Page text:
Positive results and the dangers of positivity
****Everywhere you go. Everything you read. All that you see. Everything is positive results. “Science finds this new thing!” they exclaim. Lives will be changed! What a breakthrough!
What no press release tells you is the blood, the sweat, the tears. No one tells you about the ruined lives. The failed marriages. The missed bedtimes and children longing for affection. Misery doesn’t make for a feel-good headline. Besides, what does all this… emotion got to do with an academic subject?
From our first science report in high school, right through to the theses we write and the publications in journals. Every scientist is told to remove any emotion.
Science writing should be written passively as a mere observation. A reflection of the science itself.
Science is the reporting of fact. Observations on the world, reported.
The world, we are told, is a complex set of rules. What happens, happens. Not because of emotion but as the consequence of an almost fate-like march towards the inevitable. The solution to an equation you can’t even see.
Our world, our universe, is just simple logic and equations. The world doesn’t care about you, it is just solving the math. Science writing, therefore, should be written the same way. Passively. Observed from afar. A reflection of the science itself.
Fact. Evidence and nothing more.
This is wrong.
Good writing requires humanity
Good writing, like any form of human communication, requires humanity. Humans evolved telling stories. Grand stories, of Gods doing battle, of mighty warriors, of wise men. Through these stories we explained away things we didn’t understand, but also shared the knowledge of things we did.
After years of chasing the truth, science has forgotten that anything but the truth even exists.
Science has been chasing victories so hard - holding them to the sky with glee - for so long, that anything less than a breakthrough is ignored.
But in life, the opposite of success is not failure. So often we learn the most by the things that don’t work. By learning from the mistakes we move forward.
Positive results taint the world
Imagine for a moment, the child that is only raised with positive feedback. Only ever told that they are a “good boy”. Only ever told how excellent they are.
Reporting only positive results, in the real world, would have you believe that everyone can ride a bike. Reporting only positive results, would have you believe that no one learnt to ride a bike, everyone just knew right away. Think of a Facebook feed where all of the bad is stripped away and leaves you feeling everyone’s life is fabulous.
If all you hear is good news. After a little time, you start to believe that all there is, is positive results.
Herein lies the problem. With time, with only positive results, you develop a strange complex.
If all you hear is good news. If all you hear is how excellent everything is. After a little time, you start to believe it. You forget about the negativity. You believe that all there is, is positive results.
You might hear someone talk from time-to-time about something not working. But really, you don’t believe them. Worse still, you might take the fact that something isn’t working as a personal reflection of them. When all anyone ever talks about is positive results, the brain shifts to a distorted reality. The only reason for something not to work, can’t be the work itself, but the person doing the work.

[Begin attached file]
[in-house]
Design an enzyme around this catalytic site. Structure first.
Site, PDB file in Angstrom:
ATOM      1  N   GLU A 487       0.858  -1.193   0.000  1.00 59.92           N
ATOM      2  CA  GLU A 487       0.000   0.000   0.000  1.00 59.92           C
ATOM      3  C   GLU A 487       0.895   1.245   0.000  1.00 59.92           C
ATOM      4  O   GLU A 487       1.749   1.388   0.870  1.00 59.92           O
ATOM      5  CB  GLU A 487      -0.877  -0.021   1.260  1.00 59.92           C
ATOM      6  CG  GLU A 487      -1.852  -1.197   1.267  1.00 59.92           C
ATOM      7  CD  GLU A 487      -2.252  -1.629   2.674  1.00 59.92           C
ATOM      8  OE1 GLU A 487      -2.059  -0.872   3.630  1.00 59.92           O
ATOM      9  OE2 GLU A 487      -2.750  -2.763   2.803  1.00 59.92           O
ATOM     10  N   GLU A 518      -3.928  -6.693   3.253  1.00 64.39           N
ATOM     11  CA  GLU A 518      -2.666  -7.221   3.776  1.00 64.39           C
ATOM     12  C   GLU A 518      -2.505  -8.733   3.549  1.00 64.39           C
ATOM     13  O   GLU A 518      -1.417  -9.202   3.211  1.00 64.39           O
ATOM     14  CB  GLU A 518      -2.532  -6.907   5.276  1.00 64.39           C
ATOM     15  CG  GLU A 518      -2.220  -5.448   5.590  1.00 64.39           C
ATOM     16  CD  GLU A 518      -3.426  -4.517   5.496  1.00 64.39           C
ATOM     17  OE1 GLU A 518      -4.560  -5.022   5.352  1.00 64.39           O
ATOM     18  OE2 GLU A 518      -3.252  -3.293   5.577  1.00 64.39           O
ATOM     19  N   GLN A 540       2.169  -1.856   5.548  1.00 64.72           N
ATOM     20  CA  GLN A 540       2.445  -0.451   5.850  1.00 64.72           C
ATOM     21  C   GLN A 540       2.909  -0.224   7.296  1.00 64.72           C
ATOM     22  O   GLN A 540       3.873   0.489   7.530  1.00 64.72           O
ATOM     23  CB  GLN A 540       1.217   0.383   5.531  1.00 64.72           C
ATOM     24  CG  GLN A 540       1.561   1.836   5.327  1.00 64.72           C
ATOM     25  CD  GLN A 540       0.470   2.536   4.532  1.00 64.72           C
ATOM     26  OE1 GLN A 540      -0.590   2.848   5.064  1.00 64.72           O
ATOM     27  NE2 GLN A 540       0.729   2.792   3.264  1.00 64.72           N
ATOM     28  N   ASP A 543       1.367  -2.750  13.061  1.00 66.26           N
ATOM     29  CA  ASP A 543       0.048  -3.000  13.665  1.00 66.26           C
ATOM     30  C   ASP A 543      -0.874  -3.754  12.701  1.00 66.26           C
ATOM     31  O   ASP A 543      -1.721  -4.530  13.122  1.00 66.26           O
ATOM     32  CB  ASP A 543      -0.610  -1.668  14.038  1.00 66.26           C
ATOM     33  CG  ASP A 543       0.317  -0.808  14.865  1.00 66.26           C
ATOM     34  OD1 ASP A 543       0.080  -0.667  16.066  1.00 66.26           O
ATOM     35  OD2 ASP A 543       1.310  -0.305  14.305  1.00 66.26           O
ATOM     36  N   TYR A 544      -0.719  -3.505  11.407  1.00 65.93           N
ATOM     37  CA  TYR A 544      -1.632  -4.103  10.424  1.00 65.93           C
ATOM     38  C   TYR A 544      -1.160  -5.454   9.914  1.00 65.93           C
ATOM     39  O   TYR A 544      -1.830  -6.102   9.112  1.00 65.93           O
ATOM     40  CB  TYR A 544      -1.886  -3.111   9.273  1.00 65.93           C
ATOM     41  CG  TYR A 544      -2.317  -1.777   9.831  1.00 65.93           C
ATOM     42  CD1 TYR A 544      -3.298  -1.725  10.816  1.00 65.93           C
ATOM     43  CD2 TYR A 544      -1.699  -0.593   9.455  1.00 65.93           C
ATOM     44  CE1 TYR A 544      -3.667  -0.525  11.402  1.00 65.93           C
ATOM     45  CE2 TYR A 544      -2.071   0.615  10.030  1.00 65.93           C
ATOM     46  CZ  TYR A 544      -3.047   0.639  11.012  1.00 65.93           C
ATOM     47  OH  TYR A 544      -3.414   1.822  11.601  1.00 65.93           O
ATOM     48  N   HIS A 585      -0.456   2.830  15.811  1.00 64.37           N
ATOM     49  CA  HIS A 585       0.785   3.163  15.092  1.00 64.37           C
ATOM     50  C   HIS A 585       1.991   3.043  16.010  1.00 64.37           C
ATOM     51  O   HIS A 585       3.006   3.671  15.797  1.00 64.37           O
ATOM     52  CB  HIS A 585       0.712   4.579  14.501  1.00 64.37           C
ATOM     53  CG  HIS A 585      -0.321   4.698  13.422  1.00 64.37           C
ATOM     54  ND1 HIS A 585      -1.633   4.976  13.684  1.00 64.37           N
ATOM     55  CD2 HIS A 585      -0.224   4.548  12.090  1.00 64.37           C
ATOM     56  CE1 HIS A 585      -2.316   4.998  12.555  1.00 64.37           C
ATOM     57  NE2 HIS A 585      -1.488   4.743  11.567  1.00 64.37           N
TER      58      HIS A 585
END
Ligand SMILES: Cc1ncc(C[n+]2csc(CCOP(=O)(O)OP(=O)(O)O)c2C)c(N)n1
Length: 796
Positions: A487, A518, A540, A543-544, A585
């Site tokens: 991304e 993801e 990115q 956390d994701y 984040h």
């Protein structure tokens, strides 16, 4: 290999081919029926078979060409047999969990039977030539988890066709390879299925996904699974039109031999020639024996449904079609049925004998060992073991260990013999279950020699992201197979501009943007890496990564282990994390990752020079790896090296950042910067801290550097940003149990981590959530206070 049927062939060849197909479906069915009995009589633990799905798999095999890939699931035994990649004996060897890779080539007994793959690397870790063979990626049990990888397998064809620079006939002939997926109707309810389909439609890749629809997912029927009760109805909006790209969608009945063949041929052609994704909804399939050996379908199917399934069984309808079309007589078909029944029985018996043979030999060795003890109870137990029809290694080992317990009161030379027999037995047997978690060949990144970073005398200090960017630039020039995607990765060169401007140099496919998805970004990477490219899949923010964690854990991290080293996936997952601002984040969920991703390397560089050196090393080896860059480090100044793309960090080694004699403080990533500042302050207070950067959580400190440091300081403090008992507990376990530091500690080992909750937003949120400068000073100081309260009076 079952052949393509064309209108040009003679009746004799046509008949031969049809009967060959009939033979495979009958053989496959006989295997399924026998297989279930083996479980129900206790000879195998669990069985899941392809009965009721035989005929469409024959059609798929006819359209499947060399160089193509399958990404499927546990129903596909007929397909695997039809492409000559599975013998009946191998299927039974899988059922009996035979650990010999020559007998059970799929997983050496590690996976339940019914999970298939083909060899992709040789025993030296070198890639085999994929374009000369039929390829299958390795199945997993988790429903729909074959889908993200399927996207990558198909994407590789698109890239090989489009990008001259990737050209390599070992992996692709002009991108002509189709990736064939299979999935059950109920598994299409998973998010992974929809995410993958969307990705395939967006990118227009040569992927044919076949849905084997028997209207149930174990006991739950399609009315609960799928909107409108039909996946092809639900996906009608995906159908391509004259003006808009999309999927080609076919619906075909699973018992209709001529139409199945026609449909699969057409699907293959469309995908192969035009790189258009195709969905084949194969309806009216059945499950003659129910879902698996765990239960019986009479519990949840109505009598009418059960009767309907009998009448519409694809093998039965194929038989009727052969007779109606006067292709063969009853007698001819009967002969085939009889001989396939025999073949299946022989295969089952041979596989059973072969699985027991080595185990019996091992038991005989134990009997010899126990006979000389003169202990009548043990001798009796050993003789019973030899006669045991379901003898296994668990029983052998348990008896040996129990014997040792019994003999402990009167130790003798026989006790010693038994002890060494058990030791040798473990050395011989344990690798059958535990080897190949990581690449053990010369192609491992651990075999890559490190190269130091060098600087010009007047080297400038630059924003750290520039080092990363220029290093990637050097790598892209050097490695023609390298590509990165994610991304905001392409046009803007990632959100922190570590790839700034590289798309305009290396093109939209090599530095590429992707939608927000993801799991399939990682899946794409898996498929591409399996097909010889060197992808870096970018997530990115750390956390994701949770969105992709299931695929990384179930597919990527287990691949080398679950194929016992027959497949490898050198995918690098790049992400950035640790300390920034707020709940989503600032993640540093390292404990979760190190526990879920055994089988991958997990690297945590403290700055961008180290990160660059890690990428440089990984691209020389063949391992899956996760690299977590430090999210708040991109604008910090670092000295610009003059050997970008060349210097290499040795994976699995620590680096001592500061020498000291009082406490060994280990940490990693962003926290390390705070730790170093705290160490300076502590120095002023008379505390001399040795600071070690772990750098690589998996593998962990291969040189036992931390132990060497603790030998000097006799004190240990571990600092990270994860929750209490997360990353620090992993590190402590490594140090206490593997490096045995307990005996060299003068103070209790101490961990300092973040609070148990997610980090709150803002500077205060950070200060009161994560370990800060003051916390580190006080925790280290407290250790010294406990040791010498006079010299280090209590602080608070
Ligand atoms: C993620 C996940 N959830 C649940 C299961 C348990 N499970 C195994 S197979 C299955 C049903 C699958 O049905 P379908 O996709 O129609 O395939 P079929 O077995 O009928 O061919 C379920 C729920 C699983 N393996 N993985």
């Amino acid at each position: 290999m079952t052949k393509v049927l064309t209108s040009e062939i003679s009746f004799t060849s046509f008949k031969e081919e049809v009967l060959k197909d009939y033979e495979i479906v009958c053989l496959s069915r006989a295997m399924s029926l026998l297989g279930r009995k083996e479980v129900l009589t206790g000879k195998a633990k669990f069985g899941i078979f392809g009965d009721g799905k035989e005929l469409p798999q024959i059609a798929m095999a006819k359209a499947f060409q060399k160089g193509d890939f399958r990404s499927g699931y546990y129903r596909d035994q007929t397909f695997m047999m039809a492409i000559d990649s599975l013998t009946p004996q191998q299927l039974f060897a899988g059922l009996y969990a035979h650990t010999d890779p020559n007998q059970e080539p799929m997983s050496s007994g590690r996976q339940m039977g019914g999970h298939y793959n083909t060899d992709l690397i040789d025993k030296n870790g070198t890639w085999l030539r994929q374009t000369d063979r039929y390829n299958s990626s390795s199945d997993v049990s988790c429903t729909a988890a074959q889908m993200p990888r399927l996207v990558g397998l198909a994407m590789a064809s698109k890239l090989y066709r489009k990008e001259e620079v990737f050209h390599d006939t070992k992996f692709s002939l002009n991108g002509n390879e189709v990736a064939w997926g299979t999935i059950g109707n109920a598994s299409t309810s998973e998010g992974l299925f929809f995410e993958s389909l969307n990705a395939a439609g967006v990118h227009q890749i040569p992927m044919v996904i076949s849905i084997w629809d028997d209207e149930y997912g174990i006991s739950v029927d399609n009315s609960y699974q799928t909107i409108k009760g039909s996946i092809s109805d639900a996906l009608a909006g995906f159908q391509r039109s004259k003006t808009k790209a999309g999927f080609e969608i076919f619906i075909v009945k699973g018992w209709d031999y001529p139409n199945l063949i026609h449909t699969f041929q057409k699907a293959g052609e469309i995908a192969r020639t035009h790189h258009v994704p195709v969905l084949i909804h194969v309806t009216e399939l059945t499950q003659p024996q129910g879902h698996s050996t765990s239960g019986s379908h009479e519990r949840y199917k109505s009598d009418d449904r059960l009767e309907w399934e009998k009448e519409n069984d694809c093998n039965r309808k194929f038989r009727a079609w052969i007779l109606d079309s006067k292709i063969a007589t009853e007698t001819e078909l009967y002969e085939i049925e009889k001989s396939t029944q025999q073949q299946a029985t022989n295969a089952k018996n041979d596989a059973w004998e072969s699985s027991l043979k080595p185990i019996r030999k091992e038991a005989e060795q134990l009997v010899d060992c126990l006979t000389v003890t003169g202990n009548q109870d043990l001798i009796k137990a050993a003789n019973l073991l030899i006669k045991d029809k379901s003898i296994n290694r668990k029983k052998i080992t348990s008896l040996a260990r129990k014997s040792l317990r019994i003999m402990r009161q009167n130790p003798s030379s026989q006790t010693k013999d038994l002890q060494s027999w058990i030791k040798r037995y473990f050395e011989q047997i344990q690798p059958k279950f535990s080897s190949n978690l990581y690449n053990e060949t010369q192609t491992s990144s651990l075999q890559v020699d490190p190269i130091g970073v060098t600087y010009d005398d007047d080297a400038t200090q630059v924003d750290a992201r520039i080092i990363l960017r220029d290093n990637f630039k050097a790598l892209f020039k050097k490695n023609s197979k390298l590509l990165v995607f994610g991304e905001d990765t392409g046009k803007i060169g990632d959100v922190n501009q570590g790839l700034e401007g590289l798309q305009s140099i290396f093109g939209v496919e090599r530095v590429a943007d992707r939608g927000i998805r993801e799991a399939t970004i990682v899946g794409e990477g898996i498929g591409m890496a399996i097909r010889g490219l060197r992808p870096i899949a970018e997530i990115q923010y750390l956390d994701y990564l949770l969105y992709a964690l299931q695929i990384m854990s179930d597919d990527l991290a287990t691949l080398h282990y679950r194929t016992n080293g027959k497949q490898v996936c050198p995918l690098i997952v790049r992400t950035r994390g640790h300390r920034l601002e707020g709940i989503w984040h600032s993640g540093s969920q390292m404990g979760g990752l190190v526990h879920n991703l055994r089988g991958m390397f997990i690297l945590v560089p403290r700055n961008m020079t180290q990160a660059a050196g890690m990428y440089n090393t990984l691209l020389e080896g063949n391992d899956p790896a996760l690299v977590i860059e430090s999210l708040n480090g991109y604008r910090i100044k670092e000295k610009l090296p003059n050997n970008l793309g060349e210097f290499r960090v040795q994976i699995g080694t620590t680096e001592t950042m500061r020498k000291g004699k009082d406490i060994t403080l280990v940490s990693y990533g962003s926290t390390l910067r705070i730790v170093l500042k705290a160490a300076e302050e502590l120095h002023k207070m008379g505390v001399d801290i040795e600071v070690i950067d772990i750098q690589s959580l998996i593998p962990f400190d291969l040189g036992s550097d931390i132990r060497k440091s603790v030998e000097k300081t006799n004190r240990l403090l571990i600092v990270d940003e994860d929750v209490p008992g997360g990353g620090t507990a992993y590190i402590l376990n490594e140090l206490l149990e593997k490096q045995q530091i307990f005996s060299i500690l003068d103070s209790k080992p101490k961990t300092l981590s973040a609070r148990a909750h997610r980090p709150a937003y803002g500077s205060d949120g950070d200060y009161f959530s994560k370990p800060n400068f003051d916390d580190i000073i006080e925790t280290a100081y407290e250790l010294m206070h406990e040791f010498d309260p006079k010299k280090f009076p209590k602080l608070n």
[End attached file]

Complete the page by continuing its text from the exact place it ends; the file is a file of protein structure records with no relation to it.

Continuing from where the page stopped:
Friends and colleagues might tell you that this is all part of the process. For a little while, you can go along with them. You can believe that it might just be a patch of bad luck. Just a phase. Something to get past.
The problem is that in modern science, even the successful work that gets to be published in the most prestigious journals is the sum of years, if not decades, of work which you just don’t see. Sometimes, you’ll tell yourself that they just “got lucky”. Sometimes, you imagine that there must have been a small army of Chinese slaves behind the scenes.
At some point, every scientist stares blankly at the desk in front of them.
At some point, the doubt starts to creep in.
“What if… the problem is me?”
After months of racking your brains. After trying every, possible, combination of everything you can think of. After quizzing your colleagues for their ideas. After humbly asking a supervisor or mentor for advice. After the motivation has gone. After everything, you can only ask yourself one question.
“Why am I doing this to myself?”
What happens next is a question of character. Some people have the mental strength and fortitude to just keep going. To keep fighting, through the hard times, until, eventually, there is a breakthrough. Some people, have the support structures in place that they lean on another’s strength. Undoubtedly, some people quit.
Every year, science is losing so many of its brightest minds, simply because they cannot handle the self-doubt anymore. Some people, don’t recognize the signs and will fall into depression.
The more unfortunate often don’t recognize the telltale signs and fall into depression.
I have stood in labs and watched, aghast, as someone actively tried to take their life.
I have held people in my arms as they have quietly sobbed, unable to take any more.
Obsession is always personal
Scientists, by nature, are obsessive people. The problem is that when you really care about something, you come to define yourself by it. Every victory is a personal triumph. Every failure, a crushing defeat.
I never intended for this piece to become emotionally charged. This piece was always meant as a reflection of scientific publishing practises. How current publishing practices, that emphasizes only positive results, comes at the expense of cutting out valuable information. Yet, as I began to write, the piece took a different turn. I realized that this focus on positive results has severe trickle-down effects.
When the world is only reported in black and white, we lose everything in-between. Humanity lives in the in-between. No choice we make is binary. No emotion comes in “on” or “off”. Nothing in our lives even comes in grey-scale. We live in colour.
We are isolated but not alone
The reality of science is that it is often a lonely existence. For months at a time we can be sat, trying to make something work. Often, it feels like it is us against the world.
In those moments, we need to remember that we are not alone. We need to remember, hardship is part of the process. Nothing of value ever resulted from a lack of hard work. We need, however, to change the culture that only celebrates wins and fails everyone involved in doing so.